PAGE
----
During the deep economic freeze which followed the financial crash, building activity halted in parts of Britain. Workers downed tools as credit dried up and schemes were halted. When British building sites finally displayed traces of life, it was greeted as the surest sign that the long awaited economic revival was on its way.
Today, the construction industry faces a terrible dilemma. Lots of people want to build houses and commercial space to ensure we have places to live and work. But the sector is also facing the potential loss of one of its most reliable sources of labour.
British builders need restrictions on European Union workers like a hole in the head. Not my words but those of Blane Perrotton, the managing director of the national surveyors, Naismiths, who has been horrified by the Government’s announcement that it will be harder for EU workers to enter the UK after Brexit.
Across the UK, one in 10 builders is an EU national. This figure rises to a third in London. Mr Perotton fears that the construction industry, which has wobbled between feast and famine, could be the biggest casualty of any policy that dramatically reduces the numbers of EU nationals working in Britain.
The UK’s construction sector is already suffering from a chronic skills shortage and Brexit is making investors nervous.
Bodies such as the National Federation of Builders are concerned that many jobs in the construction sector will be classed as low-skilled under the new post-Brexit immigration system which has been outlined by the Prime Minister.
Richard Beresford, chief executive of the NFB, said: “The new skills-based system will create an additional barrier to building.
“The NFB would like the Government to consider an exemption for those in the construction industry, or an extended transition period.”
Carolyn Fairbairn, the CBI’s director general, has also described the PM’s planned immigration system as a “wrong turn”.
She added: “All skill levels matter to the UK economy. Today’s proposals risk worsening labour shortages, already serious in construction, hospitality and care. Restricting access to the workers the UK needs is self-defeating.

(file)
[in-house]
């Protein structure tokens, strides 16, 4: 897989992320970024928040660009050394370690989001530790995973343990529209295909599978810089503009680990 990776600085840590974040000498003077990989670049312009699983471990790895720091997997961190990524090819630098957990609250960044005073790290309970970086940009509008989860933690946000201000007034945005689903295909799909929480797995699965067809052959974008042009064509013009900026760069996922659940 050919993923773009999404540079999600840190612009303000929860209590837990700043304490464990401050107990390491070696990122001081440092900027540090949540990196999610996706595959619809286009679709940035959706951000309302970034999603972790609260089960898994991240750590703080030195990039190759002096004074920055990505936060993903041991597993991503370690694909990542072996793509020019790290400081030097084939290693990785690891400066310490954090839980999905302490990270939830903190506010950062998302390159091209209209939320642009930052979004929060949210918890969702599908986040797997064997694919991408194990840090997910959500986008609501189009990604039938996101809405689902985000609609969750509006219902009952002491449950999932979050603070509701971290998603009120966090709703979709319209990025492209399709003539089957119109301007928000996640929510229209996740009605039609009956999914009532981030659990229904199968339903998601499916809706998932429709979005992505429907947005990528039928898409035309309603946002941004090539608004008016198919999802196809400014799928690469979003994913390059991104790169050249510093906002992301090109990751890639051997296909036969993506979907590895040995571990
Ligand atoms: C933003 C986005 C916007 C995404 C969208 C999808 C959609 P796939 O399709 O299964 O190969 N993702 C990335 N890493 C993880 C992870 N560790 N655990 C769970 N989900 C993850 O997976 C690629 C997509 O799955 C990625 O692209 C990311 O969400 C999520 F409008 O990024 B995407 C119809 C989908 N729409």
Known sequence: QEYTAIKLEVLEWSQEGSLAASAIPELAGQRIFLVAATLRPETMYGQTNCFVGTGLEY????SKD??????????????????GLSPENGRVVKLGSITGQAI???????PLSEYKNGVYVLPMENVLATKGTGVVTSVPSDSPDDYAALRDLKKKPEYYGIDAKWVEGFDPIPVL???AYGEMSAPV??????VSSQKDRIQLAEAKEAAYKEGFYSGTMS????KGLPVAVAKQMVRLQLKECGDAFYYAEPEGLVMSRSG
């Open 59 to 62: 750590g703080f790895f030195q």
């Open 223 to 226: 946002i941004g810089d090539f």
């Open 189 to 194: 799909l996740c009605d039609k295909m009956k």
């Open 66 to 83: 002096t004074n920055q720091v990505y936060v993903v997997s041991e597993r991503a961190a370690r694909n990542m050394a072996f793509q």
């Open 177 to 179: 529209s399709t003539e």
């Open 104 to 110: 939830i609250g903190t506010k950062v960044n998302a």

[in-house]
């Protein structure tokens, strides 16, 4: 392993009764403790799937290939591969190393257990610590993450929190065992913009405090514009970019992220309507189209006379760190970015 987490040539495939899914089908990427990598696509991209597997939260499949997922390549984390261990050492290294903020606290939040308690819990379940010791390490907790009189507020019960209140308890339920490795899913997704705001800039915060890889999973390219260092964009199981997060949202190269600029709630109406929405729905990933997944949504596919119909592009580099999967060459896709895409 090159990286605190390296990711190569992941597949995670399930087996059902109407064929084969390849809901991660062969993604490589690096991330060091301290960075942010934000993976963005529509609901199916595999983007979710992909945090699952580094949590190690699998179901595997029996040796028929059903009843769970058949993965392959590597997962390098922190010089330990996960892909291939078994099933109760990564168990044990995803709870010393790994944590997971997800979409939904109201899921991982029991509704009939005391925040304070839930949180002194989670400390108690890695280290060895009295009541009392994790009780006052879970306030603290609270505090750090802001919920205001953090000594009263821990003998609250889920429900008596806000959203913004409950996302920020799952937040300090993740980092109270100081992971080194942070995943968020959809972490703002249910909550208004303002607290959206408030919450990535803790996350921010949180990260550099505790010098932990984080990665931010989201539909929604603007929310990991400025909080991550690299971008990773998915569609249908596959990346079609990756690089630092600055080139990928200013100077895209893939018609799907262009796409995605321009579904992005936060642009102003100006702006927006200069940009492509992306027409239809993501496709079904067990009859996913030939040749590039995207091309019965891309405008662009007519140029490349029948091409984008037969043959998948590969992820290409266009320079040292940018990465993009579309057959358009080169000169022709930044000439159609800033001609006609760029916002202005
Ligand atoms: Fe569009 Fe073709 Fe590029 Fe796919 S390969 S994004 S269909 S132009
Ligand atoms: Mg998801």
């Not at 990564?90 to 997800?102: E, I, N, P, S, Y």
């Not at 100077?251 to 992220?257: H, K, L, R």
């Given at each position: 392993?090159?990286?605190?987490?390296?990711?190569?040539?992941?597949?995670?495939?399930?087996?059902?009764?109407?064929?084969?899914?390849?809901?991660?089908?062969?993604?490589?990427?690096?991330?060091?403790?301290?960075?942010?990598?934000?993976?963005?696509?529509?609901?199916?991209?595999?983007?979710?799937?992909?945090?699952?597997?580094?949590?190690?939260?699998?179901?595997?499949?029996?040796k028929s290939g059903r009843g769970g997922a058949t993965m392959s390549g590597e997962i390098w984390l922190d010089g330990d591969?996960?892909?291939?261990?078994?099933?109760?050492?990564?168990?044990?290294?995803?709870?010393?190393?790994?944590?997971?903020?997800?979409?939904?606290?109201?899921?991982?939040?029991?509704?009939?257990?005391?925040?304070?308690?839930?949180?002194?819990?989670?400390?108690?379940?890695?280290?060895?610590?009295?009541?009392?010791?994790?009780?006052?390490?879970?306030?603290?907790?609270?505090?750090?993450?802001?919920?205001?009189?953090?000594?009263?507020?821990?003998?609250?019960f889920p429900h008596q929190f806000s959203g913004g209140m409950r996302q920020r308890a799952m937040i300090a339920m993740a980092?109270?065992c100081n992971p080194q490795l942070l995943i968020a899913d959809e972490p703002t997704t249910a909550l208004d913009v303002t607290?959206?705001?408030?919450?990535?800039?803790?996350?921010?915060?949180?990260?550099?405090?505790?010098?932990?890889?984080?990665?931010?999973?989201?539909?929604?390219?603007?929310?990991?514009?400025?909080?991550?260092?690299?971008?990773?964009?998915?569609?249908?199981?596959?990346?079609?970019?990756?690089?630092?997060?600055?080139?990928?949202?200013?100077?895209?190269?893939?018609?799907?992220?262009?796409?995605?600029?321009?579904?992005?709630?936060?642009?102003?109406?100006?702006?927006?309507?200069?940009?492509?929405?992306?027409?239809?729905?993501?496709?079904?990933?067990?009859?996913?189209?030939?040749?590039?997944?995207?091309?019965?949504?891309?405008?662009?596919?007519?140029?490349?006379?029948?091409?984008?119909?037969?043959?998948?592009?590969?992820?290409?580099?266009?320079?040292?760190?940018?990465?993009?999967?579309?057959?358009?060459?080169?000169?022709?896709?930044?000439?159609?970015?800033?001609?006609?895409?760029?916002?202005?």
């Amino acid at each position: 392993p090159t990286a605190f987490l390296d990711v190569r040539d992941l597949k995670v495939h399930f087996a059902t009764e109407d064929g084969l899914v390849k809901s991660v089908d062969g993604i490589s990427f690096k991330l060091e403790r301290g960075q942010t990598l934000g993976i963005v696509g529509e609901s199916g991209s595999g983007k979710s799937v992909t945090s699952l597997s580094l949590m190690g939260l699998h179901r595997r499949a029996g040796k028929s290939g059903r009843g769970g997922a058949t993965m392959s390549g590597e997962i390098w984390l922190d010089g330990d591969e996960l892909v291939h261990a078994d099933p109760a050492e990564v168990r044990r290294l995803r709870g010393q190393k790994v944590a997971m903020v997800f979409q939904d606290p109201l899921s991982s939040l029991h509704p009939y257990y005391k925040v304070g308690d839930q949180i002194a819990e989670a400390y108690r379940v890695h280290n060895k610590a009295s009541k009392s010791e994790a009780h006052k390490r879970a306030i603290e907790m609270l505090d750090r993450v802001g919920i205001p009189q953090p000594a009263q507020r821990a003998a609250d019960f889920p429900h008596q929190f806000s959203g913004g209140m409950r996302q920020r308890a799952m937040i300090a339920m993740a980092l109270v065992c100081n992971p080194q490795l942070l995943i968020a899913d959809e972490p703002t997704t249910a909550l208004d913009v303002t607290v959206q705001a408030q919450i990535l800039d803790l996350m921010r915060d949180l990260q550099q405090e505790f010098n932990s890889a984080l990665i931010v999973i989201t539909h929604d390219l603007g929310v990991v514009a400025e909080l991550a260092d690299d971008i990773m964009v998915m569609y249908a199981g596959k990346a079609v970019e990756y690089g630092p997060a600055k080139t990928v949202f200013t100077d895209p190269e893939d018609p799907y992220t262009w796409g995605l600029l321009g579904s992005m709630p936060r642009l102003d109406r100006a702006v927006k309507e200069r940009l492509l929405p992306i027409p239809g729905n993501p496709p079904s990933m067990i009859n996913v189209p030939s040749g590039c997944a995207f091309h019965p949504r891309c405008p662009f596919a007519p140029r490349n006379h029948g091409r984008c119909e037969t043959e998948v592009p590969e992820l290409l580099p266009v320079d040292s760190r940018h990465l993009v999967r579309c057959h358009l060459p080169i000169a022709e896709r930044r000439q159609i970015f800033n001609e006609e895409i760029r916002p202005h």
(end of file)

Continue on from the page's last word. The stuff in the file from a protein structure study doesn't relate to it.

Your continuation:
“Just weeks ago the Migration Advisory Committee confirmed that EU workers – at all skill levels – pay in more than they take out. They have not reduced jobs, wages or training for UK workers.”
The CBI is also disappointed that a major flaw in the UK’s current system - the net migration target - will remain because it means that workers with skills the country needs are being turned away and jobs are being left unfilled.
If the flow of labour from the EU is reduced to a trickle, building firms may struggle to complete the projects our economy needs to grow.
If fewer homes are built, it will become even harder for young people to reach the first rung of the property ladder.
The skills shortages in construction pre-date the debate about Brexit. We are reaping the bitter harvest of failing to invest in a workforce that knows how to build offices, factories, schools and houses.
If nothing else, Brexit will force us to invest in training vast numbers of construction workers. But training takes time, which is in short supply as the Brexit clock ticks towards midnight.
We should pause and salute the vital work that has been carried out by EU nationals to power the UK’s economy during the era of austerity, which is apparently drawing to an end. Without their efforts, economic growth would have been more elusive.
The Prime Minister will be responsible for an act of gross economic folly if she presses ahead with the post-Brexit immigration plans in their current form.
It would be far wiser to safeguard the special status enjoyed by EU nationals who want to work in Britain, because our essential services need them.
We would be taking the high moral ground and acting in our national self interests.